By María Cortés González El Paso Times, Texas
WWR Article Summary (tl;dr) Organizers of the 13th Annual International Women's Business Symposium says there was a combined 200 years of experience and at least $10 billion represented by the 30 featured female business speakers, which included inventors, magazine editors and entrepreneurs.
El Paso Times, Texas
Hundreds experienced a day of networking, inspirational Mexican -- emphasis on the can -- stories and even some dancing Thursday at the 13th Annual International Women's Business Symposium at the Wyndham El Paso Airport Hotel.
About 600 women and some men exchanged business cards and attended workshops and panel discussions on business and technology topics at the symposium conducted by the Hispanic Chamber of Commerce and the Women's Border Business Center.
Organizers said there were a combined 200 years of experience and at least $10 billion represented by the 30 featured female business speakers, which included inventors, magazine editors and entrepreneurs.
Tina Aldatz, inventor of designer insole cushions Foot Petals, was the first to inspire the audience with her rags-to-riches story, which included surviving family violence. A video biography showed the volatile life she experienced growing up with parents who beat each other.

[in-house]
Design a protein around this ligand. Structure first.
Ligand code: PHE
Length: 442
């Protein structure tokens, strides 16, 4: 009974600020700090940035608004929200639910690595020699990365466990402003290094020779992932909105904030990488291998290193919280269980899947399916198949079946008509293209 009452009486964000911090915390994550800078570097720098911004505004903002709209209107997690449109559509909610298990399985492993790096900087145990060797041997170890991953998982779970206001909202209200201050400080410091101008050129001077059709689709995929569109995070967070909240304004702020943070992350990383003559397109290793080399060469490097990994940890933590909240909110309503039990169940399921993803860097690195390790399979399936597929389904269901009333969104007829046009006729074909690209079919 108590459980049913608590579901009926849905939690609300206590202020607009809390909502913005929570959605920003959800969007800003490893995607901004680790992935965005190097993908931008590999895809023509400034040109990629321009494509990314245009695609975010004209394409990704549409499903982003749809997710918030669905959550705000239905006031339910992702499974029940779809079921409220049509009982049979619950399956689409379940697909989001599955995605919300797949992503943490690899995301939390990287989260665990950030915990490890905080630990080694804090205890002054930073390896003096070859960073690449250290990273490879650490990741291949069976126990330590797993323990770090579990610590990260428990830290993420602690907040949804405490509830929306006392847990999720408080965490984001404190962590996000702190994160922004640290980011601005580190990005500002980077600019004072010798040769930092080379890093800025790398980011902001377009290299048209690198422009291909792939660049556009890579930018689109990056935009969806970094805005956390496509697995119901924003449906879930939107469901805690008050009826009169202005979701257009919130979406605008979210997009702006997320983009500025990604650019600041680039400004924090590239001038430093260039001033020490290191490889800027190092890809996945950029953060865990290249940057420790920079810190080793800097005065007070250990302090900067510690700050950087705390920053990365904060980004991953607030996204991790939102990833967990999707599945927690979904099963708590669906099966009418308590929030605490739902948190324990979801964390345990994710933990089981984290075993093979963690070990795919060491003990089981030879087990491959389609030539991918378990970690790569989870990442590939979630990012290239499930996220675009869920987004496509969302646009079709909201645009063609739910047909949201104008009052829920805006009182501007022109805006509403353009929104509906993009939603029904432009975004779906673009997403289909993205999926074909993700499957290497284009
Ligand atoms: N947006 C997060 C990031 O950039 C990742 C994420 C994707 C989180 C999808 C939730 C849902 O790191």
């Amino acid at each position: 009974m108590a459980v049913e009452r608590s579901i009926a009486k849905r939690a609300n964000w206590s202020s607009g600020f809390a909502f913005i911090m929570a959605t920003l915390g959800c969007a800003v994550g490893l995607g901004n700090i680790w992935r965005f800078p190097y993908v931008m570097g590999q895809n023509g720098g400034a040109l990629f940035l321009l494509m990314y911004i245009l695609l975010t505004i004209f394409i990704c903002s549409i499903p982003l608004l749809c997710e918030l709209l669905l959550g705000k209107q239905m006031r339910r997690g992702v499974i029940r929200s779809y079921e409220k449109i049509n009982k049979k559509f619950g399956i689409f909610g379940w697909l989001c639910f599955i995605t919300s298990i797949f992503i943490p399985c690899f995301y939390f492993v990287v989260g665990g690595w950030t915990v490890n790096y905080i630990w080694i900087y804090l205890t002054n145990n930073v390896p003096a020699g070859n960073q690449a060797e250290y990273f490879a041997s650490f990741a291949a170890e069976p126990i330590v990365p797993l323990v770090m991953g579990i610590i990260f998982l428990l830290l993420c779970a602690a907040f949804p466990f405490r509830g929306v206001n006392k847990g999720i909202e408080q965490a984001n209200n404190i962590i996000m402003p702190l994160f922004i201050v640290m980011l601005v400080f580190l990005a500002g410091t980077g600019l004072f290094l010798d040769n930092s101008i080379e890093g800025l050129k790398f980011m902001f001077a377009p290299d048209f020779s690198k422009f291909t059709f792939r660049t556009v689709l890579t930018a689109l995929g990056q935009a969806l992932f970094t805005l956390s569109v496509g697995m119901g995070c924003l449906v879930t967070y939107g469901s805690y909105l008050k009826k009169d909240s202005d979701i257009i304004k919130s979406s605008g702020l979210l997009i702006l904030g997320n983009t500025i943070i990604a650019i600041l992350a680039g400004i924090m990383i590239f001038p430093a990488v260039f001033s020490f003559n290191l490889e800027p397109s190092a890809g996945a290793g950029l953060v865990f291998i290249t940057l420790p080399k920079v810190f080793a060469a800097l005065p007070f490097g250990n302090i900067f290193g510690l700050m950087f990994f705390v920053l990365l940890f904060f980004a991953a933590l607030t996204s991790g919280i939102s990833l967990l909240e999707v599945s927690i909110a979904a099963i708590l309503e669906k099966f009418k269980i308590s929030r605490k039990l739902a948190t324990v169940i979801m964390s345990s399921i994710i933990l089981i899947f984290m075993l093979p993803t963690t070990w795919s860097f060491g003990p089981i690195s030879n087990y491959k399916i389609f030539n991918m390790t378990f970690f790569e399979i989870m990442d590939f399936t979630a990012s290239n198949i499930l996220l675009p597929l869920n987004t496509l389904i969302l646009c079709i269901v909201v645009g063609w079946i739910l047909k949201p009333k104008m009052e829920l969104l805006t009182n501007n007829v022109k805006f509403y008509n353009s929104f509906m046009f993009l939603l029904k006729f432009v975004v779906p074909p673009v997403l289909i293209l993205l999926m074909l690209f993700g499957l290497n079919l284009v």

"My mother told us she didn't even want to have kids. It was my father's idea," Aldatz said with little emotion. "I represent a very small percentage of a population, 2 percent ... and we have to work together to change that," she said. "Why? Because I am a self-made millionaire. No one handed anything to me. And then I'm a woman and then that pie (chart representation) gets even smaller because I'm a Mexican woman," she said.
Aldatz, however, did not let her life circumstances define her.
"I wanted to change the reputation of our name," she said. "There's lots of Aldatz in California and it's notorious. I wanted to change that and it's been my mission in life."
El Pasoan Jen Dixon said the symposium helped build her confidence as a new businesswoman. Two weeks ago, she started her business, Dixon Visuals, a 3-D virtual reality business that offers commercial video tours.
"It's very enlightening and very encouraging to take the plunge headfirst. Seeing all these successful women do the same thing makes me not afraid of failing," she said.
Five business tips --Be curious and learn new technology and learn what your competition is doing. --Create a culture of courage where failure is accepted. It helps foster new ideas. --Don't be afraid to ask for help. There is always someone who has information to share. --Imitate with the intention to innovate. --Surround yourselfwith good people. People have the power to increase or decrease your potential.